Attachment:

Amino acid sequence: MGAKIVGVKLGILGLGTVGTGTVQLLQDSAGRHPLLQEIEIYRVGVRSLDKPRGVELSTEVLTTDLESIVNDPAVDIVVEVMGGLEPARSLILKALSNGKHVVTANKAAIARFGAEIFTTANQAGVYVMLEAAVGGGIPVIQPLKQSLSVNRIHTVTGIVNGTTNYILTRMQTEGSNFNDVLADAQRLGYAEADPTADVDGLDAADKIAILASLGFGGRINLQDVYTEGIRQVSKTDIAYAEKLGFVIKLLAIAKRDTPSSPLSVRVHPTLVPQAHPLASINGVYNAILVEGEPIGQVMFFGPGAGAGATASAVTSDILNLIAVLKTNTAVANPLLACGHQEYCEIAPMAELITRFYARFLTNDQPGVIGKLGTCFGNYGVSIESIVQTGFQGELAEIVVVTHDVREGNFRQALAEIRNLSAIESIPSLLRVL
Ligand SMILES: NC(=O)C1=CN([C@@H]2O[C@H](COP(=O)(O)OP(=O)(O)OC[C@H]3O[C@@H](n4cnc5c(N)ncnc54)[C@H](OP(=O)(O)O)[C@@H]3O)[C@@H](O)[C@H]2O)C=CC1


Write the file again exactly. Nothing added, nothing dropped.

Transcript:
Amino acid sequence: MGAKIVGVKLGILGLGTVGTGTVQLLQDSAGRHPLLQEIEIYRVGVRSLDKPRGVELSTEVLTTDLESIVNDPAVDIVVEVMGGLEPARSLILKALSNGKHVVTANKAAIARFGAEIFTTANQAGVYVMLEAAVGGGIPVIQPLKQSLSVNRIHTVTGIVNGTTNYILTRMQTEGSNFNDVLADAQRLGYAEADPTADVDGLDAADKIAILASLGFGGRINLQDVYTEGIRQVSKTDIAYAEKLGFVIKLLAIAKRDTPSSPLSVRVHPTLVPQAHPLASINGVYNAILVEGEPIGQVMFFGPGAGAGATASAVTSDILNLIAVLKTNTAVANPLLACGHQEYCEIAPMAELITRFYARFLTNDQPGVIGKLGTCFGNYGVSIESIVQTGFQGELAEIVVVTHDVREGNFRQALAEIRNLSAIESIPSLLRVL
Ligand SMILES: NC(=O)C1=CN([C@@H]2O[C@H](COP(=O)(O)OP(=O)(O)OC[C@H]3O[C@@H](n4cnc5c(N)ncnc54)[C@H](OP(=O)(O)O)[C@@H]3O)[C@@H](O)[C@H]2O)C=CC1